WILL ANYTHING CHANGE ON THE GROUND AFTER A YES VOTE?

There will be no immediate changes. The West Bank will remain under Israeli occupation and settlement building will no doubt continue. However, the Palestinians say the change in status will alter the rules of the game, arguing that the vote means Israel can no longer call the Palestinian Territories “disputed” land. Instead, the land will have been clearly designated as belonging to the Palestinian people, even if the final boundaries still have to be determined.


The Jewish Daily Forward welcomes reader comments in order to promote thoughtful discussion on issues of importance to the Jewish community. In the interest of maintaining a civil forum, The Jewish Daily Forwardrequires that all commenters be appropriately respectful toward our writers, other commenters and the subjects of the articles. Vigorous debate and reasoned critique are welcome; name-calling and personal invective are not. While we generally do not seek to edit or actively moderate comments, our spam filter prevents most links and certain key words from being posted and The Jewish Daily Forward reserves the right to remove comments for any reason.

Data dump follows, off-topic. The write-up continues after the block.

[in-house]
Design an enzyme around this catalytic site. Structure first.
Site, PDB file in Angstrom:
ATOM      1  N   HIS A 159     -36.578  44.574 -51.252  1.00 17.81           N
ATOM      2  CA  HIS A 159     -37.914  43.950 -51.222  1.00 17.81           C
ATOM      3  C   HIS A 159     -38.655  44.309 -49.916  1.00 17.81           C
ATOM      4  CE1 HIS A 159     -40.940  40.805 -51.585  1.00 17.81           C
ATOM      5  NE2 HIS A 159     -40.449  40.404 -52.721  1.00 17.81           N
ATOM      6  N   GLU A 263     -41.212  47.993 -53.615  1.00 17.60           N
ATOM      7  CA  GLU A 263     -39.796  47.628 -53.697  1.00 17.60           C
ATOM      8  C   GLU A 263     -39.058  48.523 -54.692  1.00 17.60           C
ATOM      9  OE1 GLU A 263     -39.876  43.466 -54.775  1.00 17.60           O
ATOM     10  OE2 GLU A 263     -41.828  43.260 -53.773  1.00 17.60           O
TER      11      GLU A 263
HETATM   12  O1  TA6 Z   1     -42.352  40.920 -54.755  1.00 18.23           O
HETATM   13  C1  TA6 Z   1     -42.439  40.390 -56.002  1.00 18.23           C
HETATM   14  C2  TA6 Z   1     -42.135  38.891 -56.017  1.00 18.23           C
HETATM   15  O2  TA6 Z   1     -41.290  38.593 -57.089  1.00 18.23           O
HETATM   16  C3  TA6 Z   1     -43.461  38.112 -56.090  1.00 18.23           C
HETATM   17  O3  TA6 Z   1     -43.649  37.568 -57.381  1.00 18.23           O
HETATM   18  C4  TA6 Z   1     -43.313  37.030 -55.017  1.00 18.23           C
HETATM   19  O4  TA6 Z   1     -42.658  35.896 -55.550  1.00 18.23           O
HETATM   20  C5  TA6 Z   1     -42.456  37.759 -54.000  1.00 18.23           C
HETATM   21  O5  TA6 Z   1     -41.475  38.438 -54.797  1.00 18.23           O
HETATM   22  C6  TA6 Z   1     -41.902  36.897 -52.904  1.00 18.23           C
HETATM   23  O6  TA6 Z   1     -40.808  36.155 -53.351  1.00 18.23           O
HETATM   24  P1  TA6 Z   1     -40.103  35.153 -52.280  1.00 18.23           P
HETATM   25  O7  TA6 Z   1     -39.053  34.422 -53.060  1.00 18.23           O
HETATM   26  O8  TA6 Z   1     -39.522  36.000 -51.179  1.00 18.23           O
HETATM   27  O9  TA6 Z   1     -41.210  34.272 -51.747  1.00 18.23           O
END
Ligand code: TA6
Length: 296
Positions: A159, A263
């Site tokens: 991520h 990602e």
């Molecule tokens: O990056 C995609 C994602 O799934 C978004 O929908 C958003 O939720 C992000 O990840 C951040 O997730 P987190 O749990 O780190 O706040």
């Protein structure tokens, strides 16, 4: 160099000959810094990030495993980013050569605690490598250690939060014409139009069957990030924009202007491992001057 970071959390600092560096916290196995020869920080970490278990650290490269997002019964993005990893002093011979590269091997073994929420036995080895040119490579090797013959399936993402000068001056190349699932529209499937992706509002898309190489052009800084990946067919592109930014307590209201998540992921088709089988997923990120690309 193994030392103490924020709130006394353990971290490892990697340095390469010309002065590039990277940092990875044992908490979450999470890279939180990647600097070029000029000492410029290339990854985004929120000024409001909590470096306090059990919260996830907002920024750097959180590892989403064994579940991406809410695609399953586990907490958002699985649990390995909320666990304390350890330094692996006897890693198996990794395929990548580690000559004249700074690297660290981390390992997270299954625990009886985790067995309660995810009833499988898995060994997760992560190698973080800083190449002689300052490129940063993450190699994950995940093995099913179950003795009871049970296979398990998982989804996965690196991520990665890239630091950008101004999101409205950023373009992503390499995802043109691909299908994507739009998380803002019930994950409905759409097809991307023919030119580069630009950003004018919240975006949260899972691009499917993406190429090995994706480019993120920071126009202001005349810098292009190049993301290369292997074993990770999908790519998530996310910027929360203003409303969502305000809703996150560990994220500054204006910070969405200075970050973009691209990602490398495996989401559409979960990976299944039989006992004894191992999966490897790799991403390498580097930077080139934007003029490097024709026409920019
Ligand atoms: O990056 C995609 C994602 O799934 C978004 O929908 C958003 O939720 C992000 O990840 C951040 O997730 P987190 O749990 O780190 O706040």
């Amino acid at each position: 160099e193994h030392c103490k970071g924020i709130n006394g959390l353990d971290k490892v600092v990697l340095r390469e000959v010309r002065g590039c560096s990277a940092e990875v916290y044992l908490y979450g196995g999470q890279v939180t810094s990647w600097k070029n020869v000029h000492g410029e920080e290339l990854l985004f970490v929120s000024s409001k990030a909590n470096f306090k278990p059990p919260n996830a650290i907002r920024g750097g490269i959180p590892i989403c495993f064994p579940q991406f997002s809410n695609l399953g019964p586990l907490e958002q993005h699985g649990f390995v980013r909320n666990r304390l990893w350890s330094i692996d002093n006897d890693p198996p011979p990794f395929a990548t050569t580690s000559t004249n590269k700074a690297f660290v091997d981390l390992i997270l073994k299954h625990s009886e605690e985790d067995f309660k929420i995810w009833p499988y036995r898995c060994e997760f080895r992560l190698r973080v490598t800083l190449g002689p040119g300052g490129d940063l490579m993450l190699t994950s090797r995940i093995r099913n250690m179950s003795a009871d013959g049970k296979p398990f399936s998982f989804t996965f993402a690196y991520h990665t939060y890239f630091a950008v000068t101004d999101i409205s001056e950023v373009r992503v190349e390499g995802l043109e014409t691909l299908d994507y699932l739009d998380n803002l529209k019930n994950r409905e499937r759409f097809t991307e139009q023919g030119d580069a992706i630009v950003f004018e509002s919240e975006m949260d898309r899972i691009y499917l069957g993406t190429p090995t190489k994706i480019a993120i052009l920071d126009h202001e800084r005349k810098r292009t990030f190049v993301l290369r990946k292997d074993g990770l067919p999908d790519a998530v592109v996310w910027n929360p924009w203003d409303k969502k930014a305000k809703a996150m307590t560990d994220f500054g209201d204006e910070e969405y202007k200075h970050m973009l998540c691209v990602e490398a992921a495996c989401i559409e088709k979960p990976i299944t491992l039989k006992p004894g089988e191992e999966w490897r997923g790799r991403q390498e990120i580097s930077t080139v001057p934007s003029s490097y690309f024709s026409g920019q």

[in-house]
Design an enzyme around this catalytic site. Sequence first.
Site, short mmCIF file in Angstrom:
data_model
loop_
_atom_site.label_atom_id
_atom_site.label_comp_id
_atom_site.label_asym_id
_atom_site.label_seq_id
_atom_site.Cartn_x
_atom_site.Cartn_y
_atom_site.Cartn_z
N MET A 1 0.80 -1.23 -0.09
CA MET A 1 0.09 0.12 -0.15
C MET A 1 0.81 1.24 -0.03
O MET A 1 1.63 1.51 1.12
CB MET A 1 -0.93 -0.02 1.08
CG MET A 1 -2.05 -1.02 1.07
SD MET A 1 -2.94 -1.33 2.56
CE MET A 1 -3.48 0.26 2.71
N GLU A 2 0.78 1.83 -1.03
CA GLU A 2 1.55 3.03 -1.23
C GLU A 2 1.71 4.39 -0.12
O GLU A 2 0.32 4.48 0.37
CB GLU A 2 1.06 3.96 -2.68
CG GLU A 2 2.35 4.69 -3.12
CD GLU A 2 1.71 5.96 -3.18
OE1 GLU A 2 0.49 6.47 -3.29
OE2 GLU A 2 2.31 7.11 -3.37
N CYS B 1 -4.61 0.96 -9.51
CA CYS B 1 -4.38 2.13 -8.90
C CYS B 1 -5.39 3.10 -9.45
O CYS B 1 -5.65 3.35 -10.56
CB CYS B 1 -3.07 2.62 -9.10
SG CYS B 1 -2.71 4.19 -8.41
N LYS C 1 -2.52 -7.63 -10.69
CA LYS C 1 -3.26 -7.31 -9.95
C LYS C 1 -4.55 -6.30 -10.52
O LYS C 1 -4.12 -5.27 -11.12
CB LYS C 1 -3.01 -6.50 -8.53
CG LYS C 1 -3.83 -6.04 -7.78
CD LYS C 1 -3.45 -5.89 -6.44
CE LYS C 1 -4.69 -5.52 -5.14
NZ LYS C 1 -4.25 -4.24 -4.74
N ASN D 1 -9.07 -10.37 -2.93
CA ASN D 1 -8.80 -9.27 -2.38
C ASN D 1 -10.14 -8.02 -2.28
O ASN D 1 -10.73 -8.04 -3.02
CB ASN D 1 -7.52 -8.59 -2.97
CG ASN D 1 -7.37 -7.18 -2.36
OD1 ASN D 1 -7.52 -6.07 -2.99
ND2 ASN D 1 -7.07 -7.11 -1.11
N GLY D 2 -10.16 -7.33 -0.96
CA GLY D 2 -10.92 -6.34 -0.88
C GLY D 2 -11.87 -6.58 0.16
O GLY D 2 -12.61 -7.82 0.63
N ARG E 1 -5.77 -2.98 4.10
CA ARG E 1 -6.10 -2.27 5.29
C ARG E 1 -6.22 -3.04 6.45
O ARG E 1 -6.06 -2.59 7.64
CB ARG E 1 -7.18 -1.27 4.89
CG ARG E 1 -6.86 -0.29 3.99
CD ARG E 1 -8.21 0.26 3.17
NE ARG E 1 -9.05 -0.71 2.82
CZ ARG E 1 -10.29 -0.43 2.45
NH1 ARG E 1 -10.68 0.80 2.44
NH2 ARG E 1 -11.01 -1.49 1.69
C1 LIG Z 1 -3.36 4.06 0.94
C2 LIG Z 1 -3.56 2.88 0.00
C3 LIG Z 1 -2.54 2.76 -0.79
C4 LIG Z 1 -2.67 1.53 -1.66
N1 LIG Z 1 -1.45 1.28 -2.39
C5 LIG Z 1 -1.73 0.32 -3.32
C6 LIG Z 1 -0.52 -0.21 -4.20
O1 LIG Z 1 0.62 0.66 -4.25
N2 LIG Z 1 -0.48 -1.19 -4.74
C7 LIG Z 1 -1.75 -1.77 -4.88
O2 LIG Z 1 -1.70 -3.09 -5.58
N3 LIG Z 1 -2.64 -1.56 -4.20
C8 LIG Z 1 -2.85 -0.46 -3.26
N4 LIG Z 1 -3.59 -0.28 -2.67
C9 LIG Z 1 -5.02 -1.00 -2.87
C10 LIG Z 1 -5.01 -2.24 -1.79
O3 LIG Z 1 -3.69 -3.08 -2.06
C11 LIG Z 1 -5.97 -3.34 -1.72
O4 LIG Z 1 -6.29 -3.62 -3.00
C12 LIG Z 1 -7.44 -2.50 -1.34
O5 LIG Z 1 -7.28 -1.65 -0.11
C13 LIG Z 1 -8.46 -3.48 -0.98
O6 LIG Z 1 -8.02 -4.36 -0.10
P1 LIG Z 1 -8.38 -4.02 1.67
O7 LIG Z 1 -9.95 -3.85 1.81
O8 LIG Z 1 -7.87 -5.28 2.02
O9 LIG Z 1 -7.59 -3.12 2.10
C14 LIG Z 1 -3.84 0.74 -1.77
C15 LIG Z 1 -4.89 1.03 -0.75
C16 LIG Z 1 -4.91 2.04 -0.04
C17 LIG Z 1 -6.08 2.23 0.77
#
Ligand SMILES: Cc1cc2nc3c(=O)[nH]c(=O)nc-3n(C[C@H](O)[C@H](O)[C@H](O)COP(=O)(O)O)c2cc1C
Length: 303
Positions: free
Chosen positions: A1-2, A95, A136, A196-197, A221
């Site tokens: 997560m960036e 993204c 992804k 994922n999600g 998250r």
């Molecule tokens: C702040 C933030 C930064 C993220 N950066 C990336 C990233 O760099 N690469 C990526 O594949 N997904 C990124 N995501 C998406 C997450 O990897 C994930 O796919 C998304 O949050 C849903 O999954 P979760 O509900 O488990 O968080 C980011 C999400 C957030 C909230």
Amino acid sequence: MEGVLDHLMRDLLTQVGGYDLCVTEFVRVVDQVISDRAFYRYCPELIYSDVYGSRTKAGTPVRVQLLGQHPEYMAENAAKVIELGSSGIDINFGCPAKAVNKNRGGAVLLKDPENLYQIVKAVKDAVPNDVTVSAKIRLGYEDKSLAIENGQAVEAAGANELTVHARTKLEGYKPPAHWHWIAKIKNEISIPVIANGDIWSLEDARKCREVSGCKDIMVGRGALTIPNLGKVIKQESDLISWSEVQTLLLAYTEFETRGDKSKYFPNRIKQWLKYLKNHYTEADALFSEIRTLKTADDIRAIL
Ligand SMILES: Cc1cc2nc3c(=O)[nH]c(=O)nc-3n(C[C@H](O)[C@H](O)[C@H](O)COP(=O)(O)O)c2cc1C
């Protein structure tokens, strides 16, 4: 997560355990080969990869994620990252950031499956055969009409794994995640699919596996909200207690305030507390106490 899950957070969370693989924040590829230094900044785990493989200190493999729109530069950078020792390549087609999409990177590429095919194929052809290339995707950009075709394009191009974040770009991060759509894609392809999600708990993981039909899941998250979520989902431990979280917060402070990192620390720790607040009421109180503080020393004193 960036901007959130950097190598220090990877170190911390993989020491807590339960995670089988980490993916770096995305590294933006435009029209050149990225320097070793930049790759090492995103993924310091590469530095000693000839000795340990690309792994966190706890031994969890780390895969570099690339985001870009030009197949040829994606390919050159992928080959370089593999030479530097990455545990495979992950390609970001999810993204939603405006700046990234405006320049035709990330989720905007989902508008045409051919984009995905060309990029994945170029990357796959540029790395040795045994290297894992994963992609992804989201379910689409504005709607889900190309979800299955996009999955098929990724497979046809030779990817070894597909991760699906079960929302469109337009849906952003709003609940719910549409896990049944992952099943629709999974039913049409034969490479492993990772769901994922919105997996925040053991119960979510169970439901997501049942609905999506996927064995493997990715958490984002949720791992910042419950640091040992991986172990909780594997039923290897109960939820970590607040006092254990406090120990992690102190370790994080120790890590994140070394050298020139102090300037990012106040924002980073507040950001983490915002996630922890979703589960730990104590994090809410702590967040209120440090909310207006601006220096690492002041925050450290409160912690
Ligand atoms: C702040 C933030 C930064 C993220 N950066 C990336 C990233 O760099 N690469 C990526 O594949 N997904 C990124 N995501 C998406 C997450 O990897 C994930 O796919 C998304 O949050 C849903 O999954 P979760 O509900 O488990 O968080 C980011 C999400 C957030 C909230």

Find us on Facebook!
  • Is pot kosher for Passover. The rabbis say no, especially for Ashkenazi Jews. And it doesn't matter if its the unofficial Pot Day of April 20.
  • A Ukrainian rabbi says he thinks the leaflets ordering Jews in restive Donetsk to 'register' were a hoax. But the disturbing story still won't die.
  • Some snacks to help you get through the second half of Passover.
  • You wouldn't think that a Soviet-Jewish immigrant would find much in common with Gabriel Garcia Marquez. But the famed novelist once helped one man find his first love. http://jd.fo/f3JiS
  • Can you relate?
  • The Forverts' "Bintel Brief" advice column ran for more than 65 years. Now it's getting a second life — as a cartoon.
  • Half of this Hillel's members believe Jesus was the Messiah.
  • Vinyl isn't just for hipsters and hippies. Israeli photographer Eilan Paz documents the most astonishing record collections from around the world:http://jd.fo/g3IyM
  • Could Spider-Man be Jewish? Andrew Garfield thinks so.
  • Most tasteless video ever? A new video shows Jesus Christ dying at Auschwitz.
  • "It’s the smell that hits me first — musty, almost sweet, emanating from the green felt that cradles each piece of silver cutlery in its own place." Only one week left to submit! Tell us the story of your family's Jewish heirloom.
  • Mazel tov to Chelsea Clinton and Marc Mezvinsky!
  • If it's true, it's pretty terrifying news.
  • “My mom went to cook at the White House and all I got was this tiny piece of leftover raspberry ganache."
  • from-cache

Would you like to receive updates about new stories?




















We will not share your e-mail address or other personal information.

Already subscribed? Manage your subscription.